Updated: Jun 16, 2019
Let me say this before I begin... I love using tech in the classroom. I have worked at a three different schools in the past few years and at each one, I have cultivated a reputation for being the tech nerd of my department or of the entire school! Over the years, I have found many wonderful ways to embed tech in my classes using laptops, phones, and iPads. Below are my favourite tools and some great ways to use them.
Quizlet - an interesting and engaging way to revise key vocabulary for a unit. I use Quizlet mostly to teach students tier three (subject specific vocabulary) but I have also used it with tier two (academic vocabulary) before which you can read about here. The beautiful thing about Quizlet is that you can differentiate tasks based on individual needs. For example, the spell function is great for students who need to practise their spellings of key words. I once managed to teach a year 7 boy (who really, really struggles with spelling) to spell Mediterranean through Quizlet by setting him Quizlet homework. There are also some other great gamified functions like Match and Gravity that students really enjoy - they especially love competing with each other! You can find my Quizlet lists here or search 'misscartledge' in the search bar.
Perhaps the best part of Quizlet is Quizlet Live - a Kahoot style quiz where students work in teams to revise key words. They love it because they need to communicate and discuss the term and its definition so things tend to get a little bit rowdy. You can also project a leaderboard on the projector screen so the students get quite competitive with this quiz which is fantastic. If you want to see a more comprehensive explanation on how to use Quizlet, click here for some slides I created for a PD I ran on using tech tools in my classroom.
Socrative - Socrative is an online tool that allows teachers to create tests for students. There are three question types: multiple choice, true or false, and short answer (the first two are self-marking). Socrative can be used to:
Create self-marking multiple choice/true or false testsCreate practice tests prior to summative testsHelp weaker students study at homeIdentify and correct any gaps in knowledge before and/or after tests
There are three types of navigation - teacher paced (which can be used to asses student knowledge and discuss each question and answer as you go), open navigation (where students can move backwards and forwards through the questions and they get a final score at the end), and instant feedback (where students find out if they got it right straight after they submit their answer). I have used all three of these functions and they are all wonderful for different reasons. I have an entire slideshow dedicated to explaining exactly how they all work so click here if you'd like to have a look!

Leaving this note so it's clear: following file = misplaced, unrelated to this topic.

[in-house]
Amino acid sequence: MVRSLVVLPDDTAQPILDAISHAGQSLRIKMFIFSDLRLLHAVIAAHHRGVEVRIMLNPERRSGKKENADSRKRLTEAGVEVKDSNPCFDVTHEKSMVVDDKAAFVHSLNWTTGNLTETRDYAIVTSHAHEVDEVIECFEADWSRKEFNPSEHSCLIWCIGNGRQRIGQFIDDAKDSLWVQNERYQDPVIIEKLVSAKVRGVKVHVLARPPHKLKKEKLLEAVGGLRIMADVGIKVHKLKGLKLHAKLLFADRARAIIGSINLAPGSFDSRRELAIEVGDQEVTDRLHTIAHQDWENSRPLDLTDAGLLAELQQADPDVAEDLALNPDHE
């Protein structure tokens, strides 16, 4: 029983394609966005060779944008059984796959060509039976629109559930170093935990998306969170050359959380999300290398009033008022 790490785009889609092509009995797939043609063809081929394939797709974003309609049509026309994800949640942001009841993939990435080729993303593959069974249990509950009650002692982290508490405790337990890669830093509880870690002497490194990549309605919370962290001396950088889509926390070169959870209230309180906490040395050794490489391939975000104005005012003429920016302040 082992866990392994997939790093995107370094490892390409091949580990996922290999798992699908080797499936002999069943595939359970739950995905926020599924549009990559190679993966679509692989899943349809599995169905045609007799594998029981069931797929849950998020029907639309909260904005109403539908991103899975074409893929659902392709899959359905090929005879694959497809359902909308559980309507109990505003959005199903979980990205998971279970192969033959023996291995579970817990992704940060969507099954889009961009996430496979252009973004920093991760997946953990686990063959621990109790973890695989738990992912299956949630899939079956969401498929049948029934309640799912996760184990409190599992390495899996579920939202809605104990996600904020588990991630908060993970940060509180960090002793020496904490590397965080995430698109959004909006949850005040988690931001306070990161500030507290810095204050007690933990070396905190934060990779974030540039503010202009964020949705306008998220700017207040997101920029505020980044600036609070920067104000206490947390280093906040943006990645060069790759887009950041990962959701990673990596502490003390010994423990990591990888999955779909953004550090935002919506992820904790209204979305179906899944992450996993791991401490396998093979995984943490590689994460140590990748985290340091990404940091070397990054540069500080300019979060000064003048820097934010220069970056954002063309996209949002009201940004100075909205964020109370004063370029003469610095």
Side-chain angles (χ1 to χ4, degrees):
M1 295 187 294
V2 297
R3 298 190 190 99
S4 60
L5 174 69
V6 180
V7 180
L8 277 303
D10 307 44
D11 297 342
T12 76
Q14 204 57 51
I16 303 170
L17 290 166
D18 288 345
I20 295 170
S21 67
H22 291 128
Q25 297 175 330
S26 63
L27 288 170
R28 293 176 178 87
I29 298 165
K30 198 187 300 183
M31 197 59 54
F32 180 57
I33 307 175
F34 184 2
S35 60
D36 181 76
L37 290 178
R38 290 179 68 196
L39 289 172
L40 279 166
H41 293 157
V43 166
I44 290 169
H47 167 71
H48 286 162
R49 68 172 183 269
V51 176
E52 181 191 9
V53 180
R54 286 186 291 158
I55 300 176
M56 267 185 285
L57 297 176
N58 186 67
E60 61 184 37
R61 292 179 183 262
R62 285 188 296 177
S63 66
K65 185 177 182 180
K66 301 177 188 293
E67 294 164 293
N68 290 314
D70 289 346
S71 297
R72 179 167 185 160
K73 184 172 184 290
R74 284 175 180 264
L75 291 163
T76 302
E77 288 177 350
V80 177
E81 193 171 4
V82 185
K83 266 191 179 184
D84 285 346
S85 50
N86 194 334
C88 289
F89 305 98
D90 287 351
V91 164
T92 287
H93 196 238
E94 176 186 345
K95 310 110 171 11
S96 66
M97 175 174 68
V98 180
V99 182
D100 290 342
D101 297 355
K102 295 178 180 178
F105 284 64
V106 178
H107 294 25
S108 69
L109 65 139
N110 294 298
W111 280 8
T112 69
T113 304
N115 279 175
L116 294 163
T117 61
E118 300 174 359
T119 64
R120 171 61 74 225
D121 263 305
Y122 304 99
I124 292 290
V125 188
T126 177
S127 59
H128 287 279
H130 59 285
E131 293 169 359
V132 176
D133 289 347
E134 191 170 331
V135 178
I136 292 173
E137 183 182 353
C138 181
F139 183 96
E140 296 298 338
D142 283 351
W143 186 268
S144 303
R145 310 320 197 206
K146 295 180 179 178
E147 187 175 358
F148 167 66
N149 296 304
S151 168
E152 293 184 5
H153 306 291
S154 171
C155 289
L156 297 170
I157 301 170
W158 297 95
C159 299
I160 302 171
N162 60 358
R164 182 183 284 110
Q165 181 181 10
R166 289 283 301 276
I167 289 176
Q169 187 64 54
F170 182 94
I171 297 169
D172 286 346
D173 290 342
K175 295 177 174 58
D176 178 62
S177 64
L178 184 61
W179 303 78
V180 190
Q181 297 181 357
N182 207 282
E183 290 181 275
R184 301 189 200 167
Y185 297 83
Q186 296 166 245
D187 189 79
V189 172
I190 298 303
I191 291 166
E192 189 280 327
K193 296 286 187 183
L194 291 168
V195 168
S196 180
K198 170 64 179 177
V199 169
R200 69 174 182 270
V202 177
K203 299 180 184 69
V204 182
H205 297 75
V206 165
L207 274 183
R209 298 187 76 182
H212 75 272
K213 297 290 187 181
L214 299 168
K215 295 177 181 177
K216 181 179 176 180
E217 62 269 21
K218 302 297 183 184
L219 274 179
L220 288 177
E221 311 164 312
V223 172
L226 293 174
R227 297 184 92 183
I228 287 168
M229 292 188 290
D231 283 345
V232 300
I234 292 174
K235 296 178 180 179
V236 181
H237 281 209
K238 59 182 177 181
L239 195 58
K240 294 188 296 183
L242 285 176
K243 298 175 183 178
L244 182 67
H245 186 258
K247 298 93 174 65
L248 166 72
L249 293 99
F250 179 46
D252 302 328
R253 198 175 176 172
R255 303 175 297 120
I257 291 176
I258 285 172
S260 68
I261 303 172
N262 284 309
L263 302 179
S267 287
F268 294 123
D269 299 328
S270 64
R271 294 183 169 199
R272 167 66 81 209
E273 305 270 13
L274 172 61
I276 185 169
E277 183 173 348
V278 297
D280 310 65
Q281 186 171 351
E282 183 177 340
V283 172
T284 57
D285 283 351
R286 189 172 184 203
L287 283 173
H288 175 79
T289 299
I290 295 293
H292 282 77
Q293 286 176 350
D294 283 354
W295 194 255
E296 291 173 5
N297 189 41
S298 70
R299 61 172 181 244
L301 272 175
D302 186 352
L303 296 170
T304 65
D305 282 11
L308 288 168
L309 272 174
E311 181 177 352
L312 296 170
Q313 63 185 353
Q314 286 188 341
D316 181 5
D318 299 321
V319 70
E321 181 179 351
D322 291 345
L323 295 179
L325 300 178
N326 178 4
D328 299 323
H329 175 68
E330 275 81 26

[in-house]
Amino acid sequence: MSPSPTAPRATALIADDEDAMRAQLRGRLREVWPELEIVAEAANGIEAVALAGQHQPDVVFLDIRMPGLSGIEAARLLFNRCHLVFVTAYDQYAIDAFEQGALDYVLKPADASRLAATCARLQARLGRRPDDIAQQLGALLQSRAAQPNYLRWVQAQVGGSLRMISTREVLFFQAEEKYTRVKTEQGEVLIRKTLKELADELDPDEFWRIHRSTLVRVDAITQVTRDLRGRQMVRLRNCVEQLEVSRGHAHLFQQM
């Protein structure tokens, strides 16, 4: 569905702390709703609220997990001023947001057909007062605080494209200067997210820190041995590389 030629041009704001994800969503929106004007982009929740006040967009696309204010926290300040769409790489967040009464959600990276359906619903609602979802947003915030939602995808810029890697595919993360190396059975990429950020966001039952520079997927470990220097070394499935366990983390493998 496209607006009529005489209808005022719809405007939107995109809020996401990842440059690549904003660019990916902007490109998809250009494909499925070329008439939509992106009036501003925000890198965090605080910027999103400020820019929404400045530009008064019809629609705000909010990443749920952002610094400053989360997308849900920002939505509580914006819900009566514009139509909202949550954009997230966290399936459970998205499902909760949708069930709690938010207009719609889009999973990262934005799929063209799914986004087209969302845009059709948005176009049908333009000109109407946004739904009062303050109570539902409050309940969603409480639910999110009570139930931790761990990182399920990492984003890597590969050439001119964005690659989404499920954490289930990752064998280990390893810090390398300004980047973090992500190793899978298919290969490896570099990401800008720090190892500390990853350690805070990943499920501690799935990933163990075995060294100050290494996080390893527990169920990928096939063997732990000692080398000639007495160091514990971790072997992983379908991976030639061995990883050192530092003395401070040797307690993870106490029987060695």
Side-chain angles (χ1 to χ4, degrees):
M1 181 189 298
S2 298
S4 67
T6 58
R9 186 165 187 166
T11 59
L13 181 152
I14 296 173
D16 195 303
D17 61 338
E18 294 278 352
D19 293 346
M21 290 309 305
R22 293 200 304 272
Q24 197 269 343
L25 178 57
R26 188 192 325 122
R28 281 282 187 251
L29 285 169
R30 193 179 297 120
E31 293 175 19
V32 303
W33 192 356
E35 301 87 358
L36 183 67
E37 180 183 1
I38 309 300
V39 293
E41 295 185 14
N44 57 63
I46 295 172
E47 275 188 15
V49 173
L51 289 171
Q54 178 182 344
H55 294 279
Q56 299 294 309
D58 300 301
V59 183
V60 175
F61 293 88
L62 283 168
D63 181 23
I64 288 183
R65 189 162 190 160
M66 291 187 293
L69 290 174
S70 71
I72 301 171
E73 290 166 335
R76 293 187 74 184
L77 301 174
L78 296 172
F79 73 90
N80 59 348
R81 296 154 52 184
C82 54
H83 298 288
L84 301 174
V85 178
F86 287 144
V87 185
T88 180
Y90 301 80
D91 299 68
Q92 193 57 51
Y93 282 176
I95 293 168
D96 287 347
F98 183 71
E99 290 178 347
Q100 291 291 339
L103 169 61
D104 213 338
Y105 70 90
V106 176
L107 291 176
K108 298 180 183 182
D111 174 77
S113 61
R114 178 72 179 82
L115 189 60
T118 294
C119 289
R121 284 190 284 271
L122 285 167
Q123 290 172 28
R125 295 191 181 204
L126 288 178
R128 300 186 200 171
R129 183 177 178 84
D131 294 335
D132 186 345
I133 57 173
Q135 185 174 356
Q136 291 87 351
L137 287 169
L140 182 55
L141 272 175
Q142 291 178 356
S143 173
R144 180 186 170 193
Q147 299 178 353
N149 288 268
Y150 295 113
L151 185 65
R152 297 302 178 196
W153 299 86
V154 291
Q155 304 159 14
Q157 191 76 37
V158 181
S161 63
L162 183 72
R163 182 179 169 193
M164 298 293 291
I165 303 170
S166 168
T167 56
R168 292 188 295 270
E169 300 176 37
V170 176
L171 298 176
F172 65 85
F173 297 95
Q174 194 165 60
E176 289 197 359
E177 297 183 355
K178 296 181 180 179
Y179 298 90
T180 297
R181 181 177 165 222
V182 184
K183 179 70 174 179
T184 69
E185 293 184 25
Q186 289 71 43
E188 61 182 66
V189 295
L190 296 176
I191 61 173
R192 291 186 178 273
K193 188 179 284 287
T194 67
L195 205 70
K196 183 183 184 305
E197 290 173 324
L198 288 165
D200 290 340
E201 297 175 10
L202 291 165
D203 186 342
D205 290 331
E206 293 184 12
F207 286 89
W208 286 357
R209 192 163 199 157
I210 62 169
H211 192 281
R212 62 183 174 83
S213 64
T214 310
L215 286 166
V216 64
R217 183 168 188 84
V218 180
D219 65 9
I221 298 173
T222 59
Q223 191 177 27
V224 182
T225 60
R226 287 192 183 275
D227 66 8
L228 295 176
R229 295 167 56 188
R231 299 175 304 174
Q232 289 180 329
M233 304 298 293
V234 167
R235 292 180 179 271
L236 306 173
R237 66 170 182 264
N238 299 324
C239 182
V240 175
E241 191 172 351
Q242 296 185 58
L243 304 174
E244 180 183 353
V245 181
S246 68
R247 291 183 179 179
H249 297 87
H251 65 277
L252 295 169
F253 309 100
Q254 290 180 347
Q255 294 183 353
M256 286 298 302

Noredink - Hello engaging grammar worksheets! My students love Noredink because they can select their interests and have grammar questions tailored to TV shows they watch or celebrities they care about. I am using Noredink as one of the major components of my Grammar House Cup competition. On this website, you can set diagnostic or summative tests, assign revision work or ask students to learn new content. To set your students up, they will need to create an account and remember their login details which can be tedious - especially if you teach students who ALWAYS forget their details - but it's always worth it! I also use Noredink to set weekly homework tasks and I can see how much progress they make and how often they do independent study.
Padlet - This handy little tool works wonders for collaboration. Essentially, it is an electronic bulletin board where students can upload ideas, quotes, images, links, and videos that everyone with the link can access. It works great for things like collaborative essays and quote/idea sharing, but I have also had success using it to facilitate a matching game where the students had to arrange words that fit under certain headings (eg matching word classes to their headings). The example below shows how Padlet to introduce my year 11 students to the play An Inspector Calls. They were each given a passage to read and then they had to find images that matched the descriptions to visualise the characters and settting.
Kahoot Jumble - I know, I know... Kahoot is one of the most popular tech tools that is used across classrooms so you this is probably not new to you! But... have you used the jumble feature? It is (generally) a widely under-utilised tool. I use Kahoot Jumble mostly to revise quotations with my students before exams. They need to remember quite a lot of quotes so we use this tool roughly once a week or fortnight and they take four words of a quote and put them in the right order. They really struggle with some of them but after they revise the quotes a few times, they learn the order really quickly and remember it for a long time afterwards!
What do you think? Did I miss any? Let me know in the comments!